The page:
It’s so hot my shoes feel tacky, like I’m puddling footprints of molten plastic as I go. I’m visiting a patient in a bunkerish, red-brick block called The Apples. Quite why they called it The Apples is anyone’s guess. Maybe there was an orchard here once. Maybe they tried a lot of other names, nothing fit, so they asked a five year old. Maybe they misunderstood the architect, who actually said ‘Thermopylae’ over the phone. Whatever the reason, the block is just about as far away from apples as it’s possible to be. Unless you count supermarkets.
There’s an elderly woman dragging a wheeled shopping bag up the path ahead of me, her long white hair reflecting the sunlight so powerfully it’s like she’s wearing a bridal veil of spun silver.
‘Where’s your hat?’ I say to her as I gradually overtake her.
She stops, turns and frowns.
‘Don’t believe in ‘em,’ she says. Then carries on.
When we get to the main door I tell her I’ll buzz my patient to let me in, but her frown deepens so much it meets her chin. She swipes her fob in front of the pad.
‘Let me get that for you,’ I say, holding the door.
She drags her shopping bag into the shady hallway.
‘I’m using the lift,’ she says, and nods for me to take the stairs.
Luckily, Mr Felstrom is on the first floor. I wonder if he’ll be confused, me knocking on his flat door without having buzzed the intercom first. There’s no sound from within the flat, so I’m surprised when the door suddenly opens and he’s standing there, looking as if he’s been waiting for me there ever since I rang to arrange the visit a half hour ago. He looks extraordinary – comprehensively buttoned into a tartan shirt, his bristly hair sticking straight up, like he showered, then dried himself by standing over a vent.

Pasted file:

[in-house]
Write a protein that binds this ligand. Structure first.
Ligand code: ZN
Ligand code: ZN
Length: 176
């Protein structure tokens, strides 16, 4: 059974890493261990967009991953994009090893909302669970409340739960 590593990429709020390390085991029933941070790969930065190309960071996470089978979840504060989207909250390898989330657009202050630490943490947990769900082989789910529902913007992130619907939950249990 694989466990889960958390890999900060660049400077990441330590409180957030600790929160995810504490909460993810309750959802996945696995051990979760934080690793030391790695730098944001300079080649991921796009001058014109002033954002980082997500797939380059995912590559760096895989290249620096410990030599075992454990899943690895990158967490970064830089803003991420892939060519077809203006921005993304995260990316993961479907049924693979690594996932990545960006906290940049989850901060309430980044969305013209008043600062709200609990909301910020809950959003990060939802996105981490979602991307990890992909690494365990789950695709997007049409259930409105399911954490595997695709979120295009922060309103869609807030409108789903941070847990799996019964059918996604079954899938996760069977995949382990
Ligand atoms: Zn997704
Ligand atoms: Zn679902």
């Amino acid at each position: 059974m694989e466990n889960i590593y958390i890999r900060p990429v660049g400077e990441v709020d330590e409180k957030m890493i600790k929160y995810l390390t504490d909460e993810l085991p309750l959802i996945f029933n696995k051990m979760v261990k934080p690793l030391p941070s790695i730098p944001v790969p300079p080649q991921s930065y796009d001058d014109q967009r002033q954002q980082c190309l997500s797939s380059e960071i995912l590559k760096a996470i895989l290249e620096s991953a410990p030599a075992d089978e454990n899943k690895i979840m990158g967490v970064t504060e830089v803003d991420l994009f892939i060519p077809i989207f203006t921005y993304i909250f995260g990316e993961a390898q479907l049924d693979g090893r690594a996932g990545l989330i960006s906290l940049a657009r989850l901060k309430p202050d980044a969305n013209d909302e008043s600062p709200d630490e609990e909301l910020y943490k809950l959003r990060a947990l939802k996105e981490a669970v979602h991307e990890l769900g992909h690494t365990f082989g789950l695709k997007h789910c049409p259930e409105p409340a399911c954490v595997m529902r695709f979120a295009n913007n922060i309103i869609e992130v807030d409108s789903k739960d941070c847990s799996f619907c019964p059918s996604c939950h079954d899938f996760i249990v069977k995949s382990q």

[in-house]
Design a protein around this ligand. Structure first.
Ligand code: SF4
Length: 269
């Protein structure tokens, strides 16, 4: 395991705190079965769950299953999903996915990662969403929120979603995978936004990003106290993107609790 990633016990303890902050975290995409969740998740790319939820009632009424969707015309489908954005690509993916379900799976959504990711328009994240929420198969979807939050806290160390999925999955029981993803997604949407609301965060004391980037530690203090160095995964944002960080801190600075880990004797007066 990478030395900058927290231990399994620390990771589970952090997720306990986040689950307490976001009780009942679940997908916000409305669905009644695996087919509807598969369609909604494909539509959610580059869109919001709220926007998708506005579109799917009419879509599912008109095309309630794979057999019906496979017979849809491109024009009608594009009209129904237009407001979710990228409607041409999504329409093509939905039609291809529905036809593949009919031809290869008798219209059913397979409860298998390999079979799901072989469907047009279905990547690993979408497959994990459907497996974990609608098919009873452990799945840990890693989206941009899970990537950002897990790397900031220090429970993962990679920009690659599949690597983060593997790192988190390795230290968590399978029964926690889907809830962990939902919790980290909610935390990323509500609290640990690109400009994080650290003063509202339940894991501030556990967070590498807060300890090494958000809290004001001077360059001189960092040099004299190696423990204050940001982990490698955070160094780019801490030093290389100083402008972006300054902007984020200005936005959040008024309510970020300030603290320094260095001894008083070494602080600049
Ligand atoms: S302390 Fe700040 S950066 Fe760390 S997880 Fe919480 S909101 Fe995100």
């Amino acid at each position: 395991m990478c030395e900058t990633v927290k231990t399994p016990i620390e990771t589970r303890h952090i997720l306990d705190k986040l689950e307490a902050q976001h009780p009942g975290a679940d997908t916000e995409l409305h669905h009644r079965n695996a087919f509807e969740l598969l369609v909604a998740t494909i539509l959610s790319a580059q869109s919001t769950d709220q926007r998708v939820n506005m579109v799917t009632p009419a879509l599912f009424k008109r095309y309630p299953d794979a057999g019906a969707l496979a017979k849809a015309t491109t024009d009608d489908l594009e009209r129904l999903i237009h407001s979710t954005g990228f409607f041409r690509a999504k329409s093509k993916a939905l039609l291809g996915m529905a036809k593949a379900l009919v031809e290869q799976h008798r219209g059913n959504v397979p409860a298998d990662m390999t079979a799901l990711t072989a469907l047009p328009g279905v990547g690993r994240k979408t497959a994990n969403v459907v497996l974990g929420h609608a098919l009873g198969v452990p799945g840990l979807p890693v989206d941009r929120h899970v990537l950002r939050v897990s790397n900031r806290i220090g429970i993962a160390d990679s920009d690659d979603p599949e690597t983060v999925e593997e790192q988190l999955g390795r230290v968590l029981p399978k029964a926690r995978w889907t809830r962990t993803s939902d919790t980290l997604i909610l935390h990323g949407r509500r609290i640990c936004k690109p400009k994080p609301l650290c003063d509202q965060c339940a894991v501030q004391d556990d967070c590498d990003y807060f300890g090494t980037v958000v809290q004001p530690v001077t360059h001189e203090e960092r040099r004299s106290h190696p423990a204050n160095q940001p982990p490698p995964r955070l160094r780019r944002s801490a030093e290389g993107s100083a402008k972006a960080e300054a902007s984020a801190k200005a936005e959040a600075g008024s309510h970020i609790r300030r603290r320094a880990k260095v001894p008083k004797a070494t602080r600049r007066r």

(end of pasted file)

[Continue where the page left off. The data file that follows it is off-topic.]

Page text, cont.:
Mr Felstrom’s flat is as small and ruthlessly organised as the cabin on a ship, everything aligned with everything else, even the piles of letters on the table in size order, the letter opener parallel, a list of medications surrounded by a display of equidistant pill packets. Even the fridge magnets are all in a grid. I begin to feel as if I’ve been uploaded into a photograph, just like the one on the calendar – a young woman standing next to him under a tree – blu-tacked to the kitchen door. The calendar is covered with carefully written dates and an array of post-its with important messages.
‘My daughter’s coming round later to take me to the park,’ he says, after I’ve finished the examination and I’m writing up the notes.
‘That’s nice! A lovely day for it. If you wear a hat. Which park are you going to?’
‘You know,’ he says.
‘The long one.’
‘Like one of those stately home kinda parks?’
‘Lots of trees.’
I try naming a local park.
‘No,’ he says.
I try to think of a couple of big parks out of town.
He shakes his head.
‘How are you getting there?’ I say, hoping that might shed some light.
‘On the bus,’ he says.
‘Fantastic! Maybe you could sit on the top deck and get a great view.’
‘My daughter’s taking me.’
He stares at me, blinking rapidly but otherwise completely still. And it’s something about the way he speaks and looks, combined with the stultifying heat in the room, the hectic geometry of the place, the grid of his shirt, that starts to make me feel a little dizzy.
Bus? Park? Daughter?
‘But don’t forget to wear a hat,’ I say.